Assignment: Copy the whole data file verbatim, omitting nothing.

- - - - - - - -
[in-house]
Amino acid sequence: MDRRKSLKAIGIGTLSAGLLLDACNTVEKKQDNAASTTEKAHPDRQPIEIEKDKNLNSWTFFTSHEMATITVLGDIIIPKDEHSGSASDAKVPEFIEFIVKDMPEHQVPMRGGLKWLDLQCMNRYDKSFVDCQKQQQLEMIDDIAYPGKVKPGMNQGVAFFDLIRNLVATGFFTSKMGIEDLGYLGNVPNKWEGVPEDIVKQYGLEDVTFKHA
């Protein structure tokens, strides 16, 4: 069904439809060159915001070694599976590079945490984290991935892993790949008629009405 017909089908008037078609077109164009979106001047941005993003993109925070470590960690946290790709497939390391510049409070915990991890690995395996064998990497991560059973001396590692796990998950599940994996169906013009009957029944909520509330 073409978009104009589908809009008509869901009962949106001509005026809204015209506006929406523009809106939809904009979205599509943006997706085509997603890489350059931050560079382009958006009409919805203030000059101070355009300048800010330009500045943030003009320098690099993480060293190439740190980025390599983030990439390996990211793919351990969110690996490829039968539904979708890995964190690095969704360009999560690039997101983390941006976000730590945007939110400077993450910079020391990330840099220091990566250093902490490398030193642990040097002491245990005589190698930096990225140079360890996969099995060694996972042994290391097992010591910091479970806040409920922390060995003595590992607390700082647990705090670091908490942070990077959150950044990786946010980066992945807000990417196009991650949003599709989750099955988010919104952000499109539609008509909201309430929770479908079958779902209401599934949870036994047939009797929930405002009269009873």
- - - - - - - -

[in-house]
Amino acid sequence: MDRRKSLKAIGIGTLSAGLLLDACNTVEKKQDNAASTTEKAHPDRQPIEIEKDKNLNSWTFFTSHEMATITVLGDIIIPKDEHSGSASDAKVPEFIEFIVKDMPEHQVPMRGGLKWLDLQCMNRYDKSFVDCQKQQQLEMIDDIAYPGKVKPGMNQGVAFFDLIRNLVATGFFTSKMGIEDLGYLGNVPNKWEGVPEDIVKQYGLEDVTFKHA
């Protein structure tokens, strides 16, 4: 069904439809060159915001070694599976590079945490984290991935892993790949008629009405 017909089908008037078609077109164009979106001047941005993003993109925070470590960690946290790709497939390391510049409070915990991890690995395996064998990497991560059973001396590692796990998950599940994996169906013009009957029944909520509330 073409978009104009589908809009008509869901009962949106001509005026809204015209506006929406523009809106939809904009979205599509943006997706085509997603890489350059931050560079382009958006009409919805203030000059101070355009300048800010330009500045943030003009320098690099993480060293190439740190980025390599983030990439390996990211793919351990969110690996490829039968539904979708890995964190690095969704360009999560690039997101983390941006976000730590945007939110400077993450910079020391990330840099220091990566250093902490490398030193642990040097002491245990005589190698930096990225140079360890996969099995060694996972042994290391097992010591910091479970806040409920922390060995003595590992607390700082647990705090670091908490942070990077959150950044990786946010980066992945807000990417196009991650949003599709989750099955988010919104952000499109539609008509909201309430929770479908079958779902209401599934949870036994047939009797929930405002009269009873």